Constant criticism of a man could lose him forever. He doesn’t want nagging or mothering. He simply wants respect. He wants to provide for and protect his wife, appreciate her beauty and companionship. Just as Allah Almighty has made the night a time of sukoon (peace) for us, marriage is supposed to be a sanctuary.

‘And among His Signs is this, that He created for you mates from among yourselves, that you may dwell in tranquillity with them, and He has put love and mercy between your (hearts): verily in that are Signs for those who reflect.’ (30:21)

3. Maintaining Justice and Fairness – the Basis of Marriage and Society

To achieve fairness when there are two wills, there has to be compromise. Neither partner can be stubborn. Nor is there room for arrogance. Excellence (ihsan) is when we achieve a balance between two wills to comply with the will of Allah Almighty.

The qualities of taarafu and marouf or fairness and justice should govern a good society. Without these qualities there would be widespread dhulm or oppression. These qualities have to be firmly established in our behaviour with those closest to us for them to radiate out. So for justice to prevail in society, it must exist in the first instance between husband and wife.

Islam spread when it had conquered hearts. In the time of Omar (may Allah be pleased with him) fairness and justice was a prerequisite for all humans, Muslim or not. There was a Jewish person who used to pay jizya (tax) but later was found begging. Omar (may Allah be pleased with him) said that as the state had taken money from him when he was young, it would give him a portion from the Bayt al Mal to live with dignity. This is how the concept of pensions was established.  Only when we understand this message and how it applies to us can we get the basics right and then goodness will flow.

4. Not Letting Issues Pile Up

Families should be nurtured in obedience to Allah Almighty and if there are no genuine reasons for divorce, such as harm, oppression, or aggression then it should not be a route that is taken. However, sometimes, resentments build up over time and just as the accumulation of injuries can cause death, it is vital that issues of contention are resolved as they arise. When matters become heated, couples need to be able to vent their emotions.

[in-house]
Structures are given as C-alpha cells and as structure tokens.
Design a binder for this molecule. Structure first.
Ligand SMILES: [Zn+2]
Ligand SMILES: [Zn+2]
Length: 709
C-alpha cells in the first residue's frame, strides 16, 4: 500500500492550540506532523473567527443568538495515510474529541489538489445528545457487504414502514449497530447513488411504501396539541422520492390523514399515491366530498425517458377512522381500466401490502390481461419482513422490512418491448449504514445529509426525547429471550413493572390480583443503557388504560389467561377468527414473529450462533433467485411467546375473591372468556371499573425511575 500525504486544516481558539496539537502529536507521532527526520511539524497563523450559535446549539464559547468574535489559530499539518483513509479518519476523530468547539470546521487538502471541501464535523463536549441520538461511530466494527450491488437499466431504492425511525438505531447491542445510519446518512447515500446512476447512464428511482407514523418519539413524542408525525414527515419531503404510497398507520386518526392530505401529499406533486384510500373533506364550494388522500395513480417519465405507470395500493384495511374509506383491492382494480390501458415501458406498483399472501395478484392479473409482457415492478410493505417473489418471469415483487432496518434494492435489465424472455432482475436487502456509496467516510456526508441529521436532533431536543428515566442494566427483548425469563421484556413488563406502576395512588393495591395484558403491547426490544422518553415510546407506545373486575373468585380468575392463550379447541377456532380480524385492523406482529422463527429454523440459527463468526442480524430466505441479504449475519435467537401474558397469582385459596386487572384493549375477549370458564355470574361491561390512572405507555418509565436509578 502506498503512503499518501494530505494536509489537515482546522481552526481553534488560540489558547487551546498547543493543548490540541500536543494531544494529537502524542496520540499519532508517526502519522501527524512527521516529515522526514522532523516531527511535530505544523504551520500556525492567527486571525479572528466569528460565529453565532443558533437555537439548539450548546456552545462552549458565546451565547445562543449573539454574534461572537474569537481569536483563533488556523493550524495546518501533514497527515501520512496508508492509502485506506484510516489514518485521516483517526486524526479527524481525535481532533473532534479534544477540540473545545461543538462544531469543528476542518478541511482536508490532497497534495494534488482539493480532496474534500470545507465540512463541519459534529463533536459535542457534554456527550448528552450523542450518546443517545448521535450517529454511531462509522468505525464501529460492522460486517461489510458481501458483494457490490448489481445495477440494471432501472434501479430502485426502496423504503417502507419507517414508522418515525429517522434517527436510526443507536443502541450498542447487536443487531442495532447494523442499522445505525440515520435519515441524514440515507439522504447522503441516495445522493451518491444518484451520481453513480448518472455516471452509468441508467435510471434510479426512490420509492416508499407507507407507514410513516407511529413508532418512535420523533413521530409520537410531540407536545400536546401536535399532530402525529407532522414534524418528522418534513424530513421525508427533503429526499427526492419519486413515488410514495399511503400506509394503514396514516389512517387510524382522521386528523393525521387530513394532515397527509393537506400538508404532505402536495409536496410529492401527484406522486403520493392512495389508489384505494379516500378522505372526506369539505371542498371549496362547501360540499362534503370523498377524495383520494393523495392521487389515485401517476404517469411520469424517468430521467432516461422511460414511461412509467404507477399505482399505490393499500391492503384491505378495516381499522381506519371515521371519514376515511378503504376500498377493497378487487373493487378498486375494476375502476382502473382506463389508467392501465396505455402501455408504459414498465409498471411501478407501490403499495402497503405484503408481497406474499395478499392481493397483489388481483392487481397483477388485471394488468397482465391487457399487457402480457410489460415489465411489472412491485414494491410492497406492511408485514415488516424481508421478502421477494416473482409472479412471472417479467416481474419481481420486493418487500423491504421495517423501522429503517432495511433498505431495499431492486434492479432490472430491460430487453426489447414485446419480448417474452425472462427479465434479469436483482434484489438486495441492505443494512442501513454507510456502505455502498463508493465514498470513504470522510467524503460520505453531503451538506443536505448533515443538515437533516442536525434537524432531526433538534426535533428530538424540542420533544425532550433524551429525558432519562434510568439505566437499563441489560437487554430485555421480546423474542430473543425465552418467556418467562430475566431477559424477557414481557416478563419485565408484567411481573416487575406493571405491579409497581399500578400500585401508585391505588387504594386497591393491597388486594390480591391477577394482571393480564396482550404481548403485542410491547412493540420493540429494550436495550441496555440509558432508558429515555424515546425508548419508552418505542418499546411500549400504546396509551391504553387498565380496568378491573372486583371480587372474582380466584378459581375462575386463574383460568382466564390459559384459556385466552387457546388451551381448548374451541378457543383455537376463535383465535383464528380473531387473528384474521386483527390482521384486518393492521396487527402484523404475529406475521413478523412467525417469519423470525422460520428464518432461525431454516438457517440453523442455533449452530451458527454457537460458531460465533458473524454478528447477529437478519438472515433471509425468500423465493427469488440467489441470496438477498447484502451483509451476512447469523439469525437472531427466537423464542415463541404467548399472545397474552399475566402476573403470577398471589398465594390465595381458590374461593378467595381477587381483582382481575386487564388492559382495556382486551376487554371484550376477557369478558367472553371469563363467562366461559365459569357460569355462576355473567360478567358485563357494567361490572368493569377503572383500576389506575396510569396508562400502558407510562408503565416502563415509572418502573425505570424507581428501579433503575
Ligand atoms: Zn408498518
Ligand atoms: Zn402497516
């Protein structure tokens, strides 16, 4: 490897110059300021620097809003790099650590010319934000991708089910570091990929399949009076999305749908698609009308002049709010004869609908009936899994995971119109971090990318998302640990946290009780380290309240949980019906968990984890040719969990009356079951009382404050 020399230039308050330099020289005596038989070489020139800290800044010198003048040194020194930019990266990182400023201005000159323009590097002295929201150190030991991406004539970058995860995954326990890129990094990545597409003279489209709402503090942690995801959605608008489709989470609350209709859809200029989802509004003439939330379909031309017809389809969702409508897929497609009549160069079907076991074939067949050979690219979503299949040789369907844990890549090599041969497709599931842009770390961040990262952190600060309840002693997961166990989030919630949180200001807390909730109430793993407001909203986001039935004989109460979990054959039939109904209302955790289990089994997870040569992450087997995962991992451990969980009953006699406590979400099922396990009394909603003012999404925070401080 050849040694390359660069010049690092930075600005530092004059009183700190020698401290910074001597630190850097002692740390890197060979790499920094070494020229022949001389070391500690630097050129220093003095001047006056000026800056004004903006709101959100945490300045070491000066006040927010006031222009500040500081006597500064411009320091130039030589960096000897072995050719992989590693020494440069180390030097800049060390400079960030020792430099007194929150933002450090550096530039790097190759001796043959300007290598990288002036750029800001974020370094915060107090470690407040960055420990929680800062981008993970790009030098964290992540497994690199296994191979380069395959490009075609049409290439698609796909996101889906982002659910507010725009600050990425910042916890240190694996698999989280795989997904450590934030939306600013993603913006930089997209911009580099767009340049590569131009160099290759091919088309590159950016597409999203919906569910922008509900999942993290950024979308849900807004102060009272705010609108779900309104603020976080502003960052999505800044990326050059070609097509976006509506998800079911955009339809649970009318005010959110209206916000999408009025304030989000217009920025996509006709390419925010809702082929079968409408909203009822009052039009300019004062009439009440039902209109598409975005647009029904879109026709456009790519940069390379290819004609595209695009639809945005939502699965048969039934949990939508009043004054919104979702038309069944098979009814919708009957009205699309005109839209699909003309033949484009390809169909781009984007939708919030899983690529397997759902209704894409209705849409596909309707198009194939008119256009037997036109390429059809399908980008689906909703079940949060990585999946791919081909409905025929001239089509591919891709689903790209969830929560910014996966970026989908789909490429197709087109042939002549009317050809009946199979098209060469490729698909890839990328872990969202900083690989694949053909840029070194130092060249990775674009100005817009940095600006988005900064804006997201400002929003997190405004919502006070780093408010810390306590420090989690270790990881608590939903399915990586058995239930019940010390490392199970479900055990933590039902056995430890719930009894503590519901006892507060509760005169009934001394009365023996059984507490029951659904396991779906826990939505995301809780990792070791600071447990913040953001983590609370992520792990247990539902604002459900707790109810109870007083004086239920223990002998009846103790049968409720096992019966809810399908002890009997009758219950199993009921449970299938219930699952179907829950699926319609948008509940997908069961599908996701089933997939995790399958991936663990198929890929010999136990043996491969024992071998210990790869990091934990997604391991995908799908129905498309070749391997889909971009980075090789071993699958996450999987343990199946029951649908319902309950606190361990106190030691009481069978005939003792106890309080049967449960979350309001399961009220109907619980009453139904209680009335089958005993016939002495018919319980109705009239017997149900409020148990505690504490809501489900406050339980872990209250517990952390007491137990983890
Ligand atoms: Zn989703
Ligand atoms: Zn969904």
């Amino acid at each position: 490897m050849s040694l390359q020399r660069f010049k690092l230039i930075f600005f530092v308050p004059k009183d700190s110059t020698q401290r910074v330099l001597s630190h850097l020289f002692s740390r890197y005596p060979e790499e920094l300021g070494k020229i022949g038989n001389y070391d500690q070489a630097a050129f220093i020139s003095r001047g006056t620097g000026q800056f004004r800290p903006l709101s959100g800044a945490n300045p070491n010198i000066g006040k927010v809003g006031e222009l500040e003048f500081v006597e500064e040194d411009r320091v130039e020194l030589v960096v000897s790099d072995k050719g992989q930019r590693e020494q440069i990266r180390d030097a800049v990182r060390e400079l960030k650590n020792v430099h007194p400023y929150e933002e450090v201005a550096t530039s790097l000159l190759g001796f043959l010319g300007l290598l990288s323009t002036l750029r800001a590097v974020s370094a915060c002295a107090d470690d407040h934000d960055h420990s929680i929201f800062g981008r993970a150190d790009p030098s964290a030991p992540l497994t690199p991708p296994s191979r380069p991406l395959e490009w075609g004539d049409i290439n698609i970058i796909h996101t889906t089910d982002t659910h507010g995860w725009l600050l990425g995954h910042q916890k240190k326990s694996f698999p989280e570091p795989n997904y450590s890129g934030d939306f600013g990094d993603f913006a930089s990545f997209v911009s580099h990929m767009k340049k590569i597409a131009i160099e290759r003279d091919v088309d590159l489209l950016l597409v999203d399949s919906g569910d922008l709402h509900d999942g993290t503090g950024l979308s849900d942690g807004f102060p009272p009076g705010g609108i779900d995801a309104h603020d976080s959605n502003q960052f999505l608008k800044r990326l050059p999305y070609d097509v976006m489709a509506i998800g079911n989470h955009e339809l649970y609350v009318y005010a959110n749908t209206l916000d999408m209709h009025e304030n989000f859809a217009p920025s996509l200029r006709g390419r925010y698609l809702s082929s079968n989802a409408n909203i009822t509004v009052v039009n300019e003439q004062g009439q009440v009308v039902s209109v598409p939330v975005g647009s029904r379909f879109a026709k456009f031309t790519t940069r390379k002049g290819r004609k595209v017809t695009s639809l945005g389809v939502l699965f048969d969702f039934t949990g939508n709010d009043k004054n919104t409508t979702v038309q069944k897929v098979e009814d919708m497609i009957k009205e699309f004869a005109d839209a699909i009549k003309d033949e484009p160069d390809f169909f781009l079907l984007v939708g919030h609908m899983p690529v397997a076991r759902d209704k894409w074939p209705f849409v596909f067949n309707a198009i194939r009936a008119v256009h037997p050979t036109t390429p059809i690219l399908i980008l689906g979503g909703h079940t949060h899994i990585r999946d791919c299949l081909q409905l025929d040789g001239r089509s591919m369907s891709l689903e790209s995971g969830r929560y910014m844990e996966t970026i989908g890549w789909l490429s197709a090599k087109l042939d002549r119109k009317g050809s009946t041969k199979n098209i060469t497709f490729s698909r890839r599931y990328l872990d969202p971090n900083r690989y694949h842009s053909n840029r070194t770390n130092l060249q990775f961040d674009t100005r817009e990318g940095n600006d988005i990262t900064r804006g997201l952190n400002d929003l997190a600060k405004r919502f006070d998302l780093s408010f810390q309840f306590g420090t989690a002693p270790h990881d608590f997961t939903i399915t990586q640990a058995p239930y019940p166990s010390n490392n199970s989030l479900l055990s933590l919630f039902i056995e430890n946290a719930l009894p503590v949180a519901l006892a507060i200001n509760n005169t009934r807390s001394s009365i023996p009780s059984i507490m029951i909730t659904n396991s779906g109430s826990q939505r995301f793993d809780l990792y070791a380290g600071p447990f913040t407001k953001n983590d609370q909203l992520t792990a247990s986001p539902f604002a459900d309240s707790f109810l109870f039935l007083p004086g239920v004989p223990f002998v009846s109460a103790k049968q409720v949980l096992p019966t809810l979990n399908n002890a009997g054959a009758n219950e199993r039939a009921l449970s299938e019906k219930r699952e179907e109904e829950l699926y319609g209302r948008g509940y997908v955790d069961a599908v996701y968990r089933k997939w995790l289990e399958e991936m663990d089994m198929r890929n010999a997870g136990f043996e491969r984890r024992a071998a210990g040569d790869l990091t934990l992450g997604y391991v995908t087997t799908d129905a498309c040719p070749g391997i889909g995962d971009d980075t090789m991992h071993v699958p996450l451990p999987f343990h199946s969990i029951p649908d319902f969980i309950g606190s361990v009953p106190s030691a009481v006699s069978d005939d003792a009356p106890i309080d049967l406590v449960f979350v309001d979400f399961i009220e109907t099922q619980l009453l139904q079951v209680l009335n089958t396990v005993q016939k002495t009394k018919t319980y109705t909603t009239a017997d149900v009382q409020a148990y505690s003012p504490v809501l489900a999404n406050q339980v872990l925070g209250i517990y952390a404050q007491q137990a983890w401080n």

One technique that can be used is the empty chair technique, where husband and wife sit back to back and can off load their grievances. This does not mean trawling through the past and dragging up old issues endlessly. Mistakes will be made, but couples should be able to learn from them and move on. Allah Almighty asks us to build our relationships on peace, mercy and trust and then to overcome any obstacles to the best of our ability before resorting to divorce as the final solution.

5. Having Emotional Awareness

Men need space to share their thoughts with women. They do not generally off load their stresses and anxieties so women need to make time for them. Women usually have friends and other family members to share their emotions with, while men tend not have the same outlets. It could be that the woman is so consumed with her own worries that she cannot see beyond herself and fails to realise what her husband is going through. He needs support too. She should be careful that she does not forget the suffering of her husband when she is feeling down.

For a man or a woman to reach the point of divorce means that he/ she has reached snapping point. Her/ his failure to recognise this could be fatal for their marriage. The boxer Mohammad Ali said the strike which knocks you down the one you cannot see.

6. Keeping Emotional Balance

When issues arise we must not let emotions overwhelm us. We all make mistakes and therefore when our spouse errs, it should be our response to view them as human, rather than expecting perfection from them at all times. If they are in the wrong, it is still our duty to give them naseeha as a fellow Muslim, let alone as our nearest and dearest. If they are on the boundary, we should recognise that we are in the powerful position to push them over the edge or pull them back from the brink. Our overriding response should be ‘rahma’ or mercy.